“Where’s Mr P today?” Mr Gee asked as she slid onto the bar sool. I placed the large brandy in front of her with a shrug. The regulars exchanged a sideways beady-eyed glance and I wondered if Mr P’s absence was something I needed to worry about.

Mr P was a regular whose daily routine went as follows: Wake up, have a nicely, rounded, cholestoral seeped fry-up breakfast especially designed to clog the arteries, slowly toddle to the pub, settle into a well-worn stool for six to eight hours, wobble back home and climb into bed with the covers pulled up under his chin and falling into a blissful, alcohol induced sleep. Mr P was the embodiment of what I imagined Henry VIII would have looked like in the transition period after he was a strapping handsome prince but before he became the morbidly, obsese, wife killing king.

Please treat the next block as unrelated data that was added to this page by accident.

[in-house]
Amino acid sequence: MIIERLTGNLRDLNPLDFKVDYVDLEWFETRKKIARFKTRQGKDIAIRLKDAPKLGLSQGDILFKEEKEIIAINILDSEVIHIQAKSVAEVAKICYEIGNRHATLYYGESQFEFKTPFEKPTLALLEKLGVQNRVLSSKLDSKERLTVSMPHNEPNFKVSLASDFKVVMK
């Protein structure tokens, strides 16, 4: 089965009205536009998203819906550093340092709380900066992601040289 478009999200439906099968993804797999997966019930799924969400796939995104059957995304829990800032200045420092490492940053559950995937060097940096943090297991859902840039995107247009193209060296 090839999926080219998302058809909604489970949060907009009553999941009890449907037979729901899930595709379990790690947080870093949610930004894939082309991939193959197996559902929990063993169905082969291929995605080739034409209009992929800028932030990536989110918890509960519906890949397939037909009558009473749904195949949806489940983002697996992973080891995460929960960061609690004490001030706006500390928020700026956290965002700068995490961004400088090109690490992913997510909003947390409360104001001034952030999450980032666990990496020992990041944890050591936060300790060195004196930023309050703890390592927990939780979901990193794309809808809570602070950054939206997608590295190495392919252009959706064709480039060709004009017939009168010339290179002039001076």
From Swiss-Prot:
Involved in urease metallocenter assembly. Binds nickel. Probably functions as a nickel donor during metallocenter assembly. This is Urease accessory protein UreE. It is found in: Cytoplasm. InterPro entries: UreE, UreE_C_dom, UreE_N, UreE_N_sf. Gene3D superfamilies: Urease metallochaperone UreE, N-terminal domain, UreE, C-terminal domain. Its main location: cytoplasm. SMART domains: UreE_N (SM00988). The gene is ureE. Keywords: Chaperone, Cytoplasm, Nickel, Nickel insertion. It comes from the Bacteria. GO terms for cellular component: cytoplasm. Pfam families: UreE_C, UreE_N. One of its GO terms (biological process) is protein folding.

“Maybe he just has other plans today.” The pitch of my voice went up at the end of the sentence making it sound like a tentative question. The seasoned pub goers looked at me with a mix of distaste and pity; it was a look which said, ‘Don’t be so silly, girly.’

“He hasn’t missed a day in the pub for almost ten years,” Mr Gee told me kindly.

“And it’s not as if he will have gone away anywhere.” One old boy piped up, with a smirk.

“Can’t he drive?” My innocent question was met with a derisive snort and a few sniggers.

“He’s not allowed to drive.”

“He lost his license?”


“What for?” I was intrigued, I leaned forward resting my elbows on the bar.

“Which time?”